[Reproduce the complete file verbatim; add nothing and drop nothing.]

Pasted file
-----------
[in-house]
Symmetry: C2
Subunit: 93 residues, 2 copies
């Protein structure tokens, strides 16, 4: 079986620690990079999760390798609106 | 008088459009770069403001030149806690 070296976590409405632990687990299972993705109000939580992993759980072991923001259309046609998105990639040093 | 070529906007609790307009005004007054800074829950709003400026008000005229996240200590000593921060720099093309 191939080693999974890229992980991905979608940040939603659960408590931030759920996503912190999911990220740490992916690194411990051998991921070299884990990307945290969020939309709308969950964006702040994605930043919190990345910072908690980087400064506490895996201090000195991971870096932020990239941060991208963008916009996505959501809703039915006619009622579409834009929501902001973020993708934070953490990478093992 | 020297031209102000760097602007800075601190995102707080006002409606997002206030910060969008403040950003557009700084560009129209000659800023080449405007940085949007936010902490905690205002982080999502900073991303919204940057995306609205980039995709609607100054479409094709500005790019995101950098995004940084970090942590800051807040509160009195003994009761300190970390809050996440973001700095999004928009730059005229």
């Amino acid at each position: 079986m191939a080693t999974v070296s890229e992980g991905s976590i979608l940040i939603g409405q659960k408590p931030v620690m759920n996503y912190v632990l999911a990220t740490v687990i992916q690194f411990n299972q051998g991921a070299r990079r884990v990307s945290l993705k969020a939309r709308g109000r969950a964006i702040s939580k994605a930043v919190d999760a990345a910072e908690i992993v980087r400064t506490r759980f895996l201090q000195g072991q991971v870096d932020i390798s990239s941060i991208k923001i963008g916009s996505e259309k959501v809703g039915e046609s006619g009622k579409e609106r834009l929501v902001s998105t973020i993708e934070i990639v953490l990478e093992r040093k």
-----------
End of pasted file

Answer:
[in-house]
Symmetry: C2
Subunit: 93 residues, 2 copies
């Protein structure tokens, strides 16, 4: 079986620690990079999760390798609106 | 008088459009770069403001030149806690 070296976590409405632990687990299972993705109000939580992993759980072991923001259309046609998105990639040093 | 070529906007609790307009005004007054800074829950709003400026008000005229996240200590000593921060720099093309 191939080693999974890229992980991905979608940040939603659960408590931030759920996503912190999911990220740490992916690194411990051998991921070299884990990307945290969020939309709308969950964006702040994605930043919190990345910072908690980087400064506490895996201090000195991971870096932020990239941060991208963008916009996505959501809703039915006619009622579409834009929501902001973020993708934070953490990478093992 | 020297031209102000760097602007800075601190995102707080006002409606997002206030910060969008403040950003557009700084560009129209000659800023080449405007940085949007936010902490905690205002982080999502900073991303919204940057995306609205980039995709609607100054479409094709500005790019995101950098995004940084970090942590800051807040509160009195003994009761300190970390809050996440973001700095999004928009730059005229």
């Amino acid at each position: 079986m191939a080693t999974v070296s890229e992980g991905s976590i979608l940040i939603g409405q659960k408590p931030v620690m759920n996503y912190v632990l999911a990220t740490v687990i992916q690194f411990n299972q051998g991921a070299r990079r884990v990307s945290l993705k969020a939309r709308g109000r969950a964006i702040s939580k994605a930043v919190d999760a990345a910072e908690i992993v980087r400064t506490r759980f895996l201090q000195g072991q991971v870096d932020i390798s990239s941060i991208k923001i963008g916009s996505e259309k959501v809703g039915e046609s006619g009622k579409e609106r834009l929501v902001s998105t973020i993708e934070i990639v953490l990478e093992r040093k």